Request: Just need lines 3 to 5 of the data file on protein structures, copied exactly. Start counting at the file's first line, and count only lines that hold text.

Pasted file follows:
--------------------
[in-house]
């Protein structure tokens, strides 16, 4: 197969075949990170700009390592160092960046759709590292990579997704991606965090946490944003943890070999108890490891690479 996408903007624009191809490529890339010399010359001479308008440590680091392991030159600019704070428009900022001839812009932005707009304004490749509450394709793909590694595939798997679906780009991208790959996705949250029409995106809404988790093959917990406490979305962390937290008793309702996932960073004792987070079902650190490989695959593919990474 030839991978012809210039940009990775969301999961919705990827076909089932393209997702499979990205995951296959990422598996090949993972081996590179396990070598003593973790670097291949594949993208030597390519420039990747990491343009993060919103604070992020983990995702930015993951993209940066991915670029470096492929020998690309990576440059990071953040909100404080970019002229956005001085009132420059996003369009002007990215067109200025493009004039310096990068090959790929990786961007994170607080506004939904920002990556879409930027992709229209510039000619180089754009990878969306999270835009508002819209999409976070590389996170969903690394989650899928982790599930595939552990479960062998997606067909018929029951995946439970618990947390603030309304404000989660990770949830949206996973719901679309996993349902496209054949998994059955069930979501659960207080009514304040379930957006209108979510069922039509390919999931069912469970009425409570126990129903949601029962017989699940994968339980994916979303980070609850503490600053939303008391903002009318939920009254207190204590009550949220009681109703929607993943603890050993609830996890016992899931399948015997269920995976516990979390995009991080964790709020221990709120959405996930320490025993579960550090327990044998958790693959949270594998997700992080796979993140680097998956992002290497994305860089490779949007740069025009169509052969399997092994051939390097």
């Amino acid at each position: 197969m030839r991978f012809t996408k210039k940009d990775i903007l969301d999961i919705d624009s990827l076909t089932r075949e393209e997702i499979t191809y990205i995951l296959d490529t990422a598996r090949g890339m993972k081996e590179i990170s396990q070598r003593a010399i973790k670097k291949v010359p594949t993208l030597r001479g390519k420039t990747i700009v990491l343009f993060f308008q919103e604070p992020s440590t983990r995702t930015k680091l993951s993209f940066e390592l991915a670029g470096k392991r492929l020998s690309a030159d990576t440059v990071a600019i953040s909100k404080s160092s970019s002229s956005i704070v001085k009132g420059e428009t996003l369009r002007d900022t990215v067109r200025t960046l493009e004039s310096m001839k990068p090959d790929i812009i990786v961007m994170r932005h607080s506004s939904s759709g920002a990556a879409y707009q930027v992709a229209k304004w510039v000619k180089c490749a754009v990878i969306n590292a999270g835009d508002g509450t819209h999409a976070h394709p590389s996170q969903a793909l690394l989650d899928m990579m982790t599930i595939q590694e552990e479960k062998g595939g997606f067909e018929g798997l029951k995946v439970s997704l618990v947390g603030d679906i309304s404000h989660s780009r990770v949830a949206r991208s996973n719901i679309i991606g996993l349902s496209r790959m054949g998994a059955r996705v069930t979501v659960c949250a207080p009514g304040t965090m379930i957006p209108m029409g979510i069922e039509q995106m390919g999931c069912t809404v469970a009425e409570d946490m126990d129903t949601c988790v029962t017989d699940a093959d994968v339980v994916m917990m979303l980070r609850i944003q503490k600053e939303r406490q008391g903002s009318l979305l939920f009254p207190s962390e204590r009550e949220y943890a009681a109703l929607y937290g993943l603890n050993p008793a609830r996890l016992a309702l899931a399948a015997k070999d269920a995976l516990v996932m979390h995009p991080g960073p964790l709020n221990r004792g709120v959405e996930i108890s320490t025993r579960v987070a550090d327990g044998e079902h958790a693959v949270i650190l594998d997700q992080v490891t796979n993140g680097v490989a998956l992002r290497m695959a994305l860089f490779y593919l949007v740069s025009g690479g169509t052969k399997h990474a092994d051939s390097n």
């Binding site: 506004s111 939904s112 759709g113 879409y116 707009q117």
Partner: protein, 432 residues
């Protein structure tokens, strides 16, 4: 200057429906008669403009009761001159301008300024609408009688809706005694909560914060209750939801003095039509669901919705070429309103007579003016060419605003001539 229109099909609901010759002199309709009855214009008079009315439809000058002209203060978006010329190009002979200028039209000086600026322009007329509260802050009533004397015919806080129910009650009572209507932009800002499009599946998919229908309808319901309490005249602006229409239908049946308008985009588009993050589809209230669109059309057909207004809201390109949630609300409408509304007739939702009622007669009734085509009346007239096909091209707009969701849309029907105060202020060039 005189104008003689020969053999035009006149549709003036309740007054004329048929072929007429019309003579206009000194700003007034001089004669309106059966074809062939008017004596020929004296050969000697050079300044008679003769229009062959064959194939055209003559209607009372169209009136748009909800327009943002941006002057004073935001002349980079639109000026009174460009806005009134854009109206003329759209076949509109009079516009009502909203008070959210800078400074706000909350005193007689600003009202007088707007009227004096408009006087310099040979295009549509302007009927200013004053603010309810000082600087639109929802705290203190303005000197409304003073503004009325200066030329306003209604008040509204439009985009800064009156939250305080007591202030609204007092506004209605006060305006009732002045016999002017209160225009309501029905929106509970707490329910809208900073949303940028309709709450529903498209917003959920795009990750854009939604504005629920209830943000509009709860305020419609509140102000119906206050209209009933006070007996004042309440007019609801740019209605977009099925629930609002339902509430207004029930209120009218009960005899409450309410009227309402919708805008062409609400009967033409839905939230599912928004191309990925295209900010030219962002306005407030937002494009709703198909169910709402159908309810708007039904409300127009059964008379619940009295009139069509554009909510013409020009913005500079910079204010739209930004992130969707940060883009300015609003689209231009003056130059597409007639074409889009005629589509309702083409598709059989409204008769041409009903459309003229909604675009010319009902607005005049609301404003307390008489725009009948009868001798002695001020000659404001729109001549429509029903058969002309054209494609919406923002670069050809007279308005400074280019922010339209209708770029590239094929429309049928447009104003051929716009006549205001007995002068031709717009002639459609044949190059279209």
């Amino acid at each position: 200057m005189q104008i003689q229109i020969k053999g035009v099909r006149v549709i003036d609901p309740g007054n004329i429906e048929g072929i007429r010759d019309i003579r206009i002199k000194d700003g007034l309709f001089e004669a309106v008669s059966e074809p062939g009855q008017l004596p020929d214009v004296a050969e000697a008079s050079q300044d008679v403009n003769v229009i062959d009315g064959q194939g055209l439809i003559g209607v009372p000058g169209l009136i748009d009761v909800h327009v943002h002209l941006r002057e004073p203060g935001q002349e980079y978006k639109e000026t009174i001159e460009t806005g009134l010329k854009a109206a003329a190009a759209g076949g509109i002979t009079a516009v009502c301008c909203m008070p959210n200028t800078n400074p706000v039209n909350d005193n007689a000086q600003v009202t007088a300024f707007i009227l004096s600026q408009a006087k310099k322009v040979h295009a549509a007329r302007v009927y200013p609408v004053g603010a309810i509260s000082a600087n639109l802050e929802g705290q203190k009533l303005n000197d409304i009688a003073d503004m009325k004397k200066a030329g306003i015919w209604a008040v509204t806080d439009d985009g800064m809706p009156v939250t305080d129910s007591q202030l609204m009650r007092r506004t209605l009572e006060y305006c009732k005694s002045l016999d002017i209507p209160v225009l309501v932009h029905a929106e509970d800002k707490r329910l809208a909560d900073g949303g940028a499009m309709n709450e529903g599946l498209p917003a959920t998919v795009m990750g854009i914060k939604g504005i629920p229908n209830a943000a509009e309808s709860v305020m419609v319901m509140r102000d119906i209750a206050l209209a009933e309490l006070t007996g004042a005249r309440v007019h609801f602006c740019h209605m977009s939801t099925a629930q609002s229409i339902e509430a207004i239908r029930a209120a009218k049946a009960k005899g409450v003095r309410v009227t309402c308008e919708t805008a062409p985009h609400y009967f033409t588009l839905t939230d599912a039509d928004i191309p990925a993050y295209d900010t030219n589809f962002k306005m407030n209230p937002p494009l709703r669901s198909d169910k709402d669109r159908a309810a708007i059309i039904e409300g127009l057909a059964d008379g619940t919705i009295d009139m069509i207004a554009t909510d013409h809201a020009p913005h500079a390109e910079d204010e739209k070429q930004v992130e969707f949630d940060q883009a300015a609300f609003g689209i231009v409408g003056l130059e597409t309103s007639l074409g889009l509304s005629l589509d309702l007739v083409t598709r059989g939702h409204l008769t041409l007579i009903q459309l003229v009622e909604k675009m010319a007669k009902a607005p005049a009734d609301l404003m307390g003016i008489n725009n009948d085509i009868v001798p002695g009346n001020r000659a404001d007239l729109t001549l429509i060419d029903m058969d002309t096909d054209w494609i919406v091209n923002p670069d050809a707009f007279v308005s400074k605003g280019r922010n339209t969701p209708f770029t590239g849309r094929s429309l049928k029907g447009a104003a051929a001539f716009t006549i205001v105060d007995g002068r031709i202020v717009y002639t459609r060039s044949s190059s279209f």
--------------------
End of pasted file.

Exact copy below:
């Amino acid at each position: 197969m030839r991978f012809t996408k210039k940009d990775i903007l969301d999961i919705d624009s990827l076909t089932r075949e393209e997702i499979t191809y990205i995951l296959d490529t990422a598996r090949g890339m993972k081996e590179i990170s396990q070598r003593a010399i973790k670097k291949v010359p594949t993208l030597r001479g390519k420039t990747i700009v990491l343009f993060f308008q919103e604070p992020s440590t983990r995702t930015k680091l993951s993209f940066e390592l991915a670029g470096k392991r492929l020998s690309a030159d990576t440059v990071a600019i953040s909100k404080s160092s970019s002229s956005i704070v001085k009132g420059e428009t996003l369009r002007d900022t990215v067109r200025t960046l493009e004039s310096m001839k990068p090959d790929i812009i990786v961007m994170r932005h607080s506004s939904s759709g920002a990556a879409y707009q930027v992709a229209k304004w510039v000619k180089c490749a754009v990878i969306n590292a999270g835009d508002g509450t819209h999409a976070h394709p590389s996170q969903a793909l690394l989650d899928m990579m982790t599930i595939q590694e552990e479960k062998g595939g997606f067909e018929g798997l029951k995946v439970s997704l618990v947390g603030d679906i309304s404000h989660s780009r990770v949830a949206r991208s996973n719901i679309i991606g996993l349902s496209r790959m054949g998994a059955r996705v069930t979501v659960c949250a207080p009514g304040t965090m379930i957006p209108m029409g979510i069922e039509q995106m390919g999931c069912t809404v469970a009425e409570d946490m126990d129903t949601c988790v029962t017989d699940a093959d994968v339980v994916m917990m979303l980070r609850i944003q503490k600053e939303r406490q008391g903002s009318l979305l939920f009254p207190s962390e204590r009550e949220y943890a009681a109703l929607y937290g993943l603890n050993p008793a609830r996890l016992a309702l899931a399948a015997k070999d269920a995976l516990v996932m979390h995009p991080g960073p964790l709020n221990r004792g709120v959405e996930i108890s320490t025993r579960v987070a550090d327990g044998e079902h958790a693959v949270i650190l594998d997700q992080v490891t796979n993140g680097v490989a998956l992002r290497m695959a994305l860089f490779y593919l949007v740069s025009g690479g169509t052969k399997h990474a092994d051939s390097n």
């Binding site: 506004s111 939904s112 759709g113 879409y116 707009q117």
Partner: protein, 432 residues